Clara's first recorded adventure, however, would be “The Hider In The House”, which had been designated as the sole episode comprising Block Four of the recording schedule for Season Thirty-Three. The director would be Jamie Payne, whose credits included Primeval, the remake of Survivors, Ashes To Ashes and Call The Midwife (which starred Jessica Rayne, now cast as Emma Grayling). Jenna-Louise Coleman had already won the role of Clara, as she had been needed to play Oswin -- the first of Clara's echoes -- for Asylum Of The Daleks at the end of April. Coleman was uneasy about diving straight into the middle of Clara's adventures with the Doctor before filming her introduction (a circumstance created in part by the lateness of the script for The Snowmen) but Moffat and Payne both worked to assuage her concerns.

Matt Smith became the first Doctor Who star to participate in the Olympic torch relay

Recording on “The Hider In The House” began on May 22nd, the first of two consecutive days at the Manor of Plas Llanmihangel near Cowbridge in the Vale of Glamorgan. Now a bed-and-breakfast establishment, Plas Llanmihangel dated from at least 1166; it provided the dining room of Caliburn House. On the 24th, 25th and 28th, Tyntesfield House in Wraxall, Bristol offered the great hall, stairs, kitchen and various corridors. Over the intervening weekend, on May 26th, Matt Smith became the first Doctor Who star to participate in the Olympic torch relay, during the build-up to the 2012 Summer Games in London.

On May 29th, some of the material in the Crooked Man's woods was filmed at Gethin Woodland Area near Merthyr Tydfil. More of these scenes were completed the next day at Margam Country Park in Margam, which was also the exterior and grounds of Caliburn House as well as the primeval jungle; recording continued there on May 31st. On June 1st and 4th, cast and crew shifted to Hensol Castle in Hensol for sequences in the music room and the dark room, before returning to Gethin Woodland Area on the 5th.

Effects shots were filmed outside Doctor Who's studio home at Roath Lock on June 19th. However, the TARDIS scenes for “The Hider In The House” could not be taped there until September 22nd, because the new console room set -- which would debut on screen in The Snowmen -- was not yet finished. Additional inserts were subsequently completed at Roath Lock on October 18th and November 27th. Early in 2013, the episode's title was truncated to Hide.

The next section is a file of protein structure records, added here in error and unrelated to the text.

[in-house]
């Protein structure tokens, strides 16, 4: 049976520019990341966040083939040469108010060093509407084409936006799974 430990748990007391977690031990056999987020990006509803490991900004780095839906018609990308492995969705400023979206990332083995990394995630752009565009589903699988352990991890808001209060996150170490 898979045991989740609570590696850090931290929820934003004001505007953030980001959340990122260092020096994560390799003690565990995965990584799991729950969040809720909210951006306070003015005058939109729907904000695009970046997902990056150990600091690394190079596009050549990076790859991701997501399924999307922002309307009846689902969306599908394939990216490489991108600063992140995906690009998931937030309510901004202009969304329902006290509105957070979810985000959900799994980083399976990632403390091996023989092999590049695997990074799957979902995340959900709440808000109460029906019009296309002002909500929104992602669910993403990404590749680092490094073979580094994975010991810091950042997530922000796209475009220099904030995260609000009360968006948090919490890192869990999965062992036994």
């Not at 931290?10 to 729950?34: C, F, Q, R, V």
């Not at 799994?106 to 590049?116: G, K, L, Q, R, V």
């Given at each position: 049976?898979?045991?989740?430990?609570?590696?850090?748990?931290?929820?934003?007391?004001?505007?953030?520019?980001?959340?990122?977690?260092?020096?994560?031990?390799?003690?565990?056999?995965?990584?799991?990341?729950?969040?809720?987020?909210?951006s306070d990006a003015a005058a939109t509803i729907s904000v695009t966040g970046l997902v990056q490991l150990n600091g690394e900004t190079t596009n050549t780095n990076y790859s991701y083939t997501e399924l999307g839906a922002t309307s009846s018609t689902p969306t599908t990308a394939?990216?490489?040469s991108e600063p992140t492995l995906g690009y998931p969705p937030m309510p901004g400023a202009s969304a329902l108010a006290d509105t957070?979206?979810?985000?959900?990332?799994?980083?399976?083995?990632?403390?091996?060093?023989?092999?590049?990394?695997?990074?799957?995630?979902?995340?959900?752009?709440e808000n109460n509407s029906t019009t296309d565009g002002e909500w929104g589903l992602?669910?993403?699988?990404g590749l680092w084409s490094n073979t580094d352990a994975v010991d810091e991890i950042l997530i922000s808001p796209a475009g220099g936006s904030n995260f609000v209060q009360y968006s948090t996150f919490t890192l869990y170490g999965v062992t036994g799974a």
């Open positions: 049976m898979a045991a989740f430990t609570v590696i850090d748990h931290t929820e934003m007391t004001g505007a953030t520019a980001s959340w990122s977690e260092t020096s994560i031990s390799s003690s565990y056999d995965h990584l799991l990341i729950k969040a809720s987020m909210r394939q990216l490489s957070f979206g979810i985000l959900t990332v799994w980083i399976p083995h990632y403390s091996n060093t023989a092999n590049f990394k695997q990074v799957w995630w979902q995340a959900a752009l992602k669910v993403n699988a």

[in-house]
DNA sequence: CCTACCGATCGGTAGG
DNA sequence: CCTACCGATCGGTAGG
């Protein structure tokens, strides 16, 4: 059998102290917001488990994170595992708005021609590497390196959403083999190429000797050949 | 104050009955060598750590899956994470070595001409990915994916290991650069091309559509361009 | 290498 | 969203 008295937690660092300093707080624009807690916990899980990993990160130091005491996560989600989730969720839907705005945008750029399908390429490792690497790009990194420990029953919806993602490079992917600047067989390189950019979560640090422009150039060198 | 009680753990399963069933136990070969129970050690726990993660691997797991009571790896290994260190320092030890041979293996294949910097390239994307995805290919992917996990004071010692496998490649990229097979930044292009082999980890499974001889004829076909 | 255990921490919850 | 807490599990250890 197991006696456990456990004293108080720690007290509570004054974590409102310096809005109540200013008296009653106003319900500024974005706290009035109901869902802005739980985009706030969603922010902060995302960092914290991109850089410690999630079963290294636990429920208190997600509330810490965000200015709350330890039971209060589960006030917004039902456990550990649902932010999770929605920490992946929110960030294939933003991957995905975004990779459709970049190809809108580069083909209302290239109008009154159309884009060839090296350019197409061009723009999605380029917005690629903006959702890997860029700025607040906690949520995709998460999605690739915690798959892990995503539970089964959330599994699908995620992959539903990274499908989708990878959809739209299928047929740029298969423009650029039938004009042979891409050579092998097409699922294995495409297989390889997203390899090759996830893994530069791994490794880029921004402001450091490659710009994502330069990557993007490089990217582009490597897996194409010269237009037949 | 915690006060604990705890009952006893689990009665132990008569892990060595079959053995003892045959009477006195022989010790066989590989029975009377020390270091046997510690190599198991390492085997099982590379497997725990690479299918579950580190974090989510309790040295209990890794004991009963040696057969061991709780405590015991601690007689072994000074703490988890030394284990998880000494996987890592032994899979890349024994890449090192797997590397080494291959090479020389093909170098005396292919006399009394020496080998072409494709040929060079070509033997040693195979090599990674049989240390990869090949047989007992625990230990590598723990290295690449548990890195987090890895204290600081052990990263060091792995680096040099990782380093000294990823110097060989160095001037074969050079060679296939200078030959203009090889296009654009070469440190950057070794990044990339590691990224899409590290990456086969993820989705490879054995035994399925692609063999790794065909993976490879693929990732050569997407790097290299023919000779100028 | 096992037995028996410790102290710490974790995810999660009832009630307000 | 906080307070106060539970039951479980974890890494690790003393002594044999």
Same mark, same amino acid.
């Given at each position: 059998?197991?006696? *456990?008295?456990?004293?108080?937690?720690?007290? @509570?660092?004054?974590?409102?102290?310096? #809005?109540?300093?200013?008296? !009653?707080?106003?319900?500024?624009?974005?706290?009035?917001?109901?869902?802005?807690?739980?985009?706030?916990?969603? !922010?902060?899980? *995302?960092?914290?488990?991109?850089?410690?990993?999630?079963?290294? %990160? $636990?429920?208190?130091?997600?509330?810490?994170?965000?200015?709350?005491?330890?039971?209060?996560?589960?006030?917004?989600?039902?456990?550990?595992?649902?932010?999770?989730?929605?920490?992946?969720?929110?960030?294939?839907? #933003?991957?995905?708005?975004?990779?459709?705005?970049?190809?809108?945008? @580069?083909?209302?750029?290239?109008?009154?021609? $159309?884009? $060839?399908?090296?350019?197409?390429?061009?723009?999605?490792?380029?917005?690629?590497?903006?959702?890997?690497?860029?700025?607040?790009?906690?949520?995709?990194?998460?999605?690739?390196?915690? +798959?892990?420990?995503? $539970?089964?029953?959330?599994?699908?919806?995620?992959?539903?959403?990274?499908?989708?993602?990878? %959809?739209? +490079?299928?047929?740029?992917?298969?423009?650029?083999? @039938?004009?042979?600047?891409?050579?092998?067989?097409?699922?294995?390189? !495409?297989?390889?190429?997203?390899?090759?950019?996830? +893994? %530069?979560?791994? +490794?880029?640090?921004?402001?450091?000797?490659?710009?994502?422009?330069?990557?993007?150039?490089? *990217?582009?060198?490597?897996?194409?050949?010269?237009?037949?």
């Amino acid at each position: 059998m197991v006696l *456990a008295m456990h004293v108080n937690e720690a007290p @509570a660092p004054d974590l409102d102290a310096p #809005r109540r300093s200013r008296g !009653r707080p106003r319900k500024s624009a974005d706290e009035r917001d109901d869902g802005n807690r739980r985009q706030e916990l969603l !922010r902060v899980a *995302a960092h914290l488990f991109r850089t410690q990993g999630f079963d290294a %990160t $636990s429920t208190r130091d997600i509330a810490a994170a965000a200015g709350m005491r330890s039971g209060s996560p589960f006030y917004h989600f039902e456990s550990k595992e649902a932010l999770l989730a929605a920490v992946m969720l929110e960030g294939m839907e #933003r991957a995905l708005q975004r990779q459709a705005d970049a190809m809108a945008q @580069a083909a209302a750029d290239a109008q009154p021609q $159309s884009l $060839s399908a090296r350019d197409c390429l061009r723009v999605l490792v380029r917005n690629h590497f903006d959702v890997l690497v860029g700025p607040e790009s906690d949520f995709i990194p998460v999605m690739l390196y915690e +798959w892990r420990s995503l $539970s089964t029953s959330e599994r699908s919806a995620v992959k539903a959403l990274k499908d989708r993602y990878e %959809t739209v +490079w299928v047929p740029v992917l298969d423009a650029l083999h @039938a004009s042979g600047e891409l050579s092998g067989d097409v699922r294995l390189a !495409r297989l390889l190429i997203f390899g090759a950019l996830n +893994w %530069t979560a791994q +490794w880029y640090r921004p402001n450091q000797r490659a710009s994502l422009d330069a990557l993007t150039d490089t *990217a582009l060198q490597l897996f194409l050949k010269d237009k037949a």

• Doctor Who News.
  • Doctor Who Magazine Special Edition #37, Autumn 2014, “Hide” by Andrew Pixley, Panini UK Ltd.

Original Transmission
Date 20th Apr 2013
Time 6.44pm
Duration 44'45"
Viewers (more) 6.6m (18th)
· BBC1/HD 6.6m
· iPlayer 1.9m
Appreciation 85%

The Doctor
Matt Smith
Jenna-Louise Coleman
Alec Palmer
Dougray Scott
Emma Grayling
Jessica Raine
Kemi-Bo Jacobs
The Crooked Man
Aidan Cook

Written by
Neil Cross
Directed by
Jamie Payne
Produced by
Marcus Wilson

Stunt Coordinators
Crispin Layfield
Gordon Seed
First Assistant Director
John Bennet
Second Assistant Director
James DeHaviland
Third Assistant Director
Heddi-Joy Taylor-Welch
Assistant Director
Danielle Richards
Location Manager
Nicky James
Unit Manager
Geraint Williams
Location Assistant
Iestyn Hampson-Jones
Production Manager
Phillipa Cole
Production Coordinator
Claire Hildred
Asst Production Coordinator
Gabriella Ricci
Production Secretary
Sandra Cosfeld
Production Assistants
Rachel Vipond
Samantha Price
Asst Production Accountants
Rhys Evans
Justine Wooff
Assistant Script Editor
John Phillips
Script Supervisor
Steve Walker
Camera Operator
Joe Russell
Focus Pullers
James Scott
Julius Ogden
Gary Norman
Camera Assistants
Meg de Koning
Sam Smithard
Evelina Norgren
Assistant Grip
Owen Charnley
Sound Maintenance Engineers
Ross Adams
Chris Goding
Mark Hutchings
Best Boy
Stephen Slocombe
Bob Milton
Gareth Sheldon
Steve Guy
Supervising Art Director
Paul Spriggs
Set Decorator
Adrian Anscombe
Production Buyers
Charlie Lynam
Adrian Greenwood
Art Director
Amy Pickwoad
Standby Art Director
Helen Atherton
Asst Art Director
Richard Hardy
Art Department Coordinator
Donna Shakesheff
Prop Master
Paul Smith
Prop Chargehand
Ian Griffin
Austin J Curtis
Standby Props
Rob Brandon
Dressing Props
Jayne Davies
Mike Elkins
Paul Barnett
Graphic Designer
Chris Lees
Graphic Artist
Christina Tom
Petty Cash Buyer
Florence Tasker
Standby Carpenter
Will Pope
Standby Rigger
Bryan Griffiths
Practical Electrician
Christian Davies
Props Makers
Penny Howarth
Alan Hardy
Jamie Thomas
Props Driver
Gareth Fox
Construction Manager
Terry Horle
Construction Chargehand
Dean Tucker
Scenic Artist
John Pinkerton
Assistant Costume Designer
Fraser Purfit
Costume Supervisor
Carly Griffith
Costume Assistants
Katarina Cappellazzi
Gemma Evans
Make-Up Artists
Sara Angharad
Julie Fox Pritchard
Casting Associate
Alice Purser
Assistant Editor
Becky Trotman
VFX Editor
Joel Skinner
Dubbing Mixer
Tim Ricketts
ADR Editor
Matthew Cox
Dialogue Editor
Darran Clement
Sound Effects Editor
Paul Jefferies
Foley Editor
Jamie Talbutt
Peter Anderson Studio
Online Editor
Geraint Pari Huws
Mick Vincent
With Thanks to
The BBC National Orchestra of Wales
Conducted and Orchestrated by
Ben Foster
Mixed by
Jake Jackson
Recorded by
Gerry O'Riordan
Original Theme Music
Ron Grainer
Casting Director
Andy Pryor CDG
Production Executive
Julie Scott
Post Production Supervisor
Nerys Davies
Production Accountant
Jeff Dunn
Sound Recordist
Deian Llŷr Humphreys
Costume Designer
Howard Burden
Make-Up Designer
Barbara Southcott
Murray Gold
Visual Effects
The Mill
Special Effects
Real SFX
Millennium FX
Nick Arthurs
Production Designer
Michael Pickwoad
Director Of Photography
Mike Southon BSC
Script Producer
Denise Paul
Line Producer
Diana Barton
Executive Producers
Steven Moffat
Caroline Skinner

Working Titles
Phantoms Of The Hex
The Hider In The House

Updated 2nd June 2015